Source: Christer Aakeroy, 785-532-6096, firstname.lastname@example.org;
and Chloe Callahan, email@example.com
Photo available. Download at http://www.k-state.edu/media/newsreleases/may11/505callahan.jpg
News release prepared by: Kayela Richard, 785-532-2535, firstname.lastname@example.org
Thursday, May 5, 2011
FAMILY INSPIRES WICHITA STUDENT'S RESEARCH FOR MORE CANCER-FIGHTING DRUGS
MANHATTAN -- Chloe Callahan has lost family members and a friend to cancer. The Kansas State University sophomore doesn't want to lose more, so she's taking on the disease in the laboratory.
"Cancer has been a really big deal in my life and it may be something that me or my brother face. I wanted to get involved," said Callahan, who's lost two grandparents and a high school friend to the disease. Her father is a cancer survivor.
Callahan, a chemistry major from Wichita, came to K-State wanting to do medical research and is already accomplishing her goal. She's doing independent research in supramolecular chemistry. She studies a mixture of molecules that look similar to several types of active anticancer drugs. She has pinpointed why and how certain molecules identify and communicate with other molecular partners.
"Chloe combines molecules with suitable molecular partners that are intended to change important physical properties such as solubility and shelf life," said Christer Aakeroy, K-State professor of chemistry. "This is a critical challenge in the whole process of making drugs with controllable and tunable behavior."
One of the biggest issues with new drug compounds is that they're often not soluble in the body, so they can't be used, Callahan said.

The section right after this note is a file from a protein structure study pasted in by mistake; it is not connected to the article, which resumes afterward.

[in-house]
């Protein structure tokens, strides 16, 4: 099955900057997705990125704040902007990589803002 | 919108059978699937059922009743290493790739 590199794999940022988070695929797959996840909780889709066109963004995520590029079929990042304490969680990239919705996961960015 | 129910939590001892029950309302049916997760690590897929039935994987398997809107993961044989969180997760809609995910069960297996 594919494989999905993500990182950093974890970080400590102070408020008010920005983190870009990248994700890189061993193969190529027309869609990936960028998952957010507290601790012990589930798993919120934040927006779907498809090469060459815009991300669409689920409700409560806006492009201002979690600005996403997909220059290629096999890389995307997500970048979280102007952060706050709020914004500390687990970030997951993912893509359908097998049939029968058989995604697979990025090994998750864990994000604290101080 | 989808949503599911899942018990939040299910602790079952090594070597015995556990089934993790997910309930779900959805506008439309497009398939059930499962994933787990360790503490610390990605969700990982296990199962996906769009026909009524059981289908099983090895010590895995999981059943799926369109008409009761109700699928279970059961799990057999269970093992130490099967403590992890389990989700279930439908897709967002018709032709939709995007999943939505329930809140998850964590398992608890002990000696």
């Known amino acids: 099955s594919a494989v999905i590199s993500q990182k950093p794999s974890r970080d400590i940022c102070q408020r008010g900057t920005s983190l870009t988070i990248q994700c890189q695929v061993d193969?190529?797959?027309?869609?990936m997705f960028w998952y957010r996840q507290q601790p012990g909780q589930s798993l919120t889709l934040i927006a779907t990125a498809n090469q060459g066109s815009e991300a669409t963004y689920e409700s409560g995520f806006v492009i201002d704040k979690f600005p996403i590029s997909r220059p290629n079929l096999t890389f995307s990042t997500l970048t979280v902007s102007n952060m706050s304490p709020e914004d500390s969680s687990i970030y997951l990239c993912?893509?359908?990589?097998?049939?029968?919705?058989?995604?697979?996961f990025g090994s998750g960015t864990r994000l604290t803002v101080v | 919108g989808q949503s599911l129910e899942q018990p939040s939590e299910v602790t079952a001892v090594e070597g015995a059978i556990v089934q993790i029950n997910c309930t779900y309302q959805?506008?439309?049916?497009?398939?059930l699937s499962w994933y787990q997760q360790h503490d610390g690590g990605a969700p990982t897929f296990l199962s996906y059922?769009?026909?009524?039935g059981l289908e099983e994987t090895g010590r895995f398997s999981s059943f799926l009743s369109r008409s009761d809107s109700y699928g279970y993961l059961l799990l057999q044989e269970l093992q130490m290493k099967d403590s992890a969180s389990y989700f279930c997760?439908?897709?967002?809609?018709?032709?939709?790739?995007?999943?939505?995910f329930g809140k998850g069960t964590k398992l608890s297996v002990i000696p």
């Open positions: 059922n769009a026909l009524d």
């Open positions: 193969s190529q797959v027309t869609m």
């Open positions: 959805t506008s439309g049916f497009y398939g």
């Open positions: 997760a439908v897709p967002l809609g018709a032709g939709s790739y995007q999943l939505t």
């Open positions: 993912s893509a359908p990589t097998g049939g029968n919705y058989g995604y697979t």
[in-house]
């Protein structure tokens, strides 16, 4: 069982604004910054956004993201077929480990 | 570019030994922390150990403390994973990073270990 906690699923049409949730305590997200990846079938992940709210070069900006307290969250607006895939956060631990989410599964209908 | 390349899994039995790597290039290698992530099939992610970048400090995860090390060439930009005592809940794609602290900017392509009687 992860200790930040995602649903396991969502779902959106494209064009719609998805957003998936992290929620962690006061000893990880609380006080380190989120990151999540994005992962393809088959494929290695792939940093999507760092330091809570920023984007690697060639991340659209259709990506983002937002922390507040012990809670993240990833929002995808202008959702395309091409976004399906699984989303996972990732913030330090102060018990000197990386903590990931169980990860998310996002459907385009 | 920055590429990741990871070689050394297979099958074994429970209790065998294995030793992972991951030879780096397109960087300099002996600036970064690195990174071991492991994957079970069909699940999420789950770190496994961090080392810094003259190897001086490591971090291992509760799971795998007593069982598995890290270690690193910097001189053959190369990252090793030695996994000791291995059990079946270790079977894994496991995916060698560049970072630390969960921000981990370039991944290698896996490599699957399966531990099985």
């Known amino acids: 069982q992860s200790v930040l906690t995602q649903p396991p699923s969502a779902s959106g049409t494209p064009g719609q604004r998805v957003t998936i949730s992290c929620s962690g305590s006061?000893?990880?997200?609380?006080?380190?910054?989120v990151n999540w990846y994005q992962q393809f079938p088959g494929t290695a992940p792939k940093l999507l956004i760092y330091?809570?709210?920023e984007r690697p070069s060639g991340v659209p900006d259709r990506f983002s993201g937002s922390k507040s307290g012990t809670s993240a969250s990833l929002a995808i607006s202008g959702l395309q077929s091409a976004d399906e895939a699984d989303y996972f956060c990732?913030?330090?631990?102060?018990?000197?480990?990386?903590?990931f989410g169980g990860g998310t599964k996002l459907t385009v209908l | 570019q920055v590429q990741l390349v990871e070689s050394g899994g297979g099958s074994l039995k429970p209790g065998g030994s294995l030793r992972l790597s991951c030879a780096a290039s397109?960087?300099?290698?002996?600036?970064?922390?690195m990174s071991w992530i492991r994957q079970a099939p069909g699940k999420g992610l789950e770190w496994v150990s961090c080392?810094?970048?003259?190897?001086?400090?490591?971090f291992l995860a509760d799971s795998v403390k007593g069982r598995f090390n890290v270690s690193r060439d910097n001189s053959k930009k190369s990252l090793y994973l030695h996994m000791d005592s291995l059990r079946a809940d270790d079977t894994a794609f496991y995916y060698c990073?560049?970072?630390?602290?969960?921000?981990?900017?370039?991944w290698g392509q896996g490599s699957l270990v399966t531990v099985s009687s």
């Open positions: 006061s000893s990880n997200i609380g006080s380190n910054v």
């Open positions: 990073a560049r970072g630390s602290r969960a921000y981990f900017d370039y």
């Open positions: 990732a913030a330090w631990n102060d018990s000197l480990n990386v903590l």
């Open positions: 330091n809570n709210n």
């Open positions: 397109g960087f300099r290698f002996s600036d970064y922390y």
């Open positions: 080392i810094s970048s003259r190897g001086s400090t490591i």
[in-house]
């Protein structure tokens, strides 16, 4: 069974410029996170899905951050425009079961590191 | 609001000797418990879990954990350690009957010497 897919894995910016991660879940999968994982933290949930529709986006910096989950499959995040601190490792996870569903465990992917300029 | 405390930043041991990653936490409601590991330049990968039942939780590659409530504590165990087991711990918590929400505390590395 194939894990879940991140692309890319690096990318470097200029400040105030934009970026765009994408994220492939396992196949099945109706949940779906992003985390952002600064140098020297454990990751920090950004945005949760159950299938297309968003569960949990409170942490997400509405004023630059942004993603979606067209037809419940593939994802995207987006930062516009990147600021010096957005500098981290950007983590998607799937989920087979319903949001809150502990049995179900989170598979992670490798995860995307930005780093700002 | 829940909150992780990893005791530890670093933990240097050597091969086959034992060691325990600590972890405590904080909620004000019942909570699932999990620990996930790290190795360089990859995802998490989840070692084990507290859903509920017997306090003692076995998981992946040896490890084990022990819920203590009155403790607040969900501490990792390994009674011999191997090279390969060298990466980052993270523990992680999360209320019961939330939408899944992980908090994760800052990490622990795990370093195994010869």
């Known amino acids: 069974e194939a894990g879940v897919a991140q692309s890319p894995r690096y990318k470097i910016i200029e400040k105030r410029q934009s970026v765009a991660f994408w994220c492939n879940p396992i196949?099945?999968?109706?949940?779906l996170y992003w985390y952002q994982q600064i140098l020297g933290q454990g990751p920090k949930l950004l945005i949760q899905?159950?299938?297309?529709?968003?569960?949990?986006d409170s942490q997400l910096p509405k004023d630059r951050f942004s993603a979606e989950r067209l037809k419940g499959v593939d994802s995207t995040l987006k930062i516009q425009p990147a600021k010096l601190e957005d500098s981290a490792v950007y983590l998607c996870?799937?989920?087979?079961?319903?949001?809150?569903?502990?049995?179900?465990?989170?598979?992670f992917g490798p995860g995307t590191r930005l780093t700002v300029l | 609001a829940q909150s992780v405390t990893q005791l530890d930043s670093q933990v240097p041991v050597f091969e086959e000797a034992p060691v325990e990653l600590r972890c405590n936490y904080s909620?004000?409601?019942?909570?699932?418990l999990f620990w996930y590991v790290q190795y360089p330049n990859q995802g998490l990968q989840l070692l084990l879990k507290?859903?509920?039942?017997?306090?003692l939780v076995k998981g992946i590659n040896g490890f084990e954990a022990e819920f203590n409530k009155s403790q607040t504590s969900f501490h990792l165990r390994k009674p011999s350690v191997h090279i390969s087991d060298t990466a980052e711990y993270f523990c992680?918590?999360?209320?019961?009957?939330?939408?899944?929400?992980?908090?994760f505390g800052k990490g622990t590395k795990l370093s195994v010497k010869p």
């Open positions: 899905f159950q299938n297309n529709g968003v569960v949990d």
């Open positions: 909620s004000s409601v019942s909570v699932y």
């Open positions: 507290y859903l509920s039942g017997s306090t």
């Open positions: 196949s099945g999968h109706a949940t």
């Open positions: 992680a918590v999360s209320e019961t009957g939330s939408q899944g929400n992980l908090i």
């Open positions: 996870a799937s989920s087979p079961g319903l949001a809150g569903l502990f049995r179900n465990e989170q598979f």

"Someone may have come up with a really awesome antitumor compound but it's not suitable for humans because you would be taking a pill the size of a baseball," she said. "By using supramolecular chemistry, I can affect the antitumor compound without changing the molecules so it will not affect the medicinal properties."
Aakeroy said this research could ideally lead to future developments in medicine and it could drastically increase the number of new, effective drugs available.
"Currently about one out of 10,000 compounds prepared by the drug industry makes it from the laboratory to the patient," he said. "We hope to develop methodologies that can improve these odds substantially. It's critical that we continue to perform first-class research that can inform or positively impact people's lives far beyond this campus."
Callahan recently received an undergraduate cancer research award from K-State's Terry C. Johnson Center for Basic Cancer Research. She encourages other students who want to do research to get involved.
"Don't be intimidated to try and join a research team," she said. "If you know that you're interested and willing to work, there's someone that you can work with at K-State."
She said she sees further research in her future and would like to make a big impact with it.
"If anything comes out of the research we do, it would be really cool to have K-State on the map as one of the pioneers in the field," Callahan said. "Some things you just can't learn unless you do them."
Callahan is the daughter of Brian and Rebecca Callahan, Wichita, and a graduate of Goddard High School.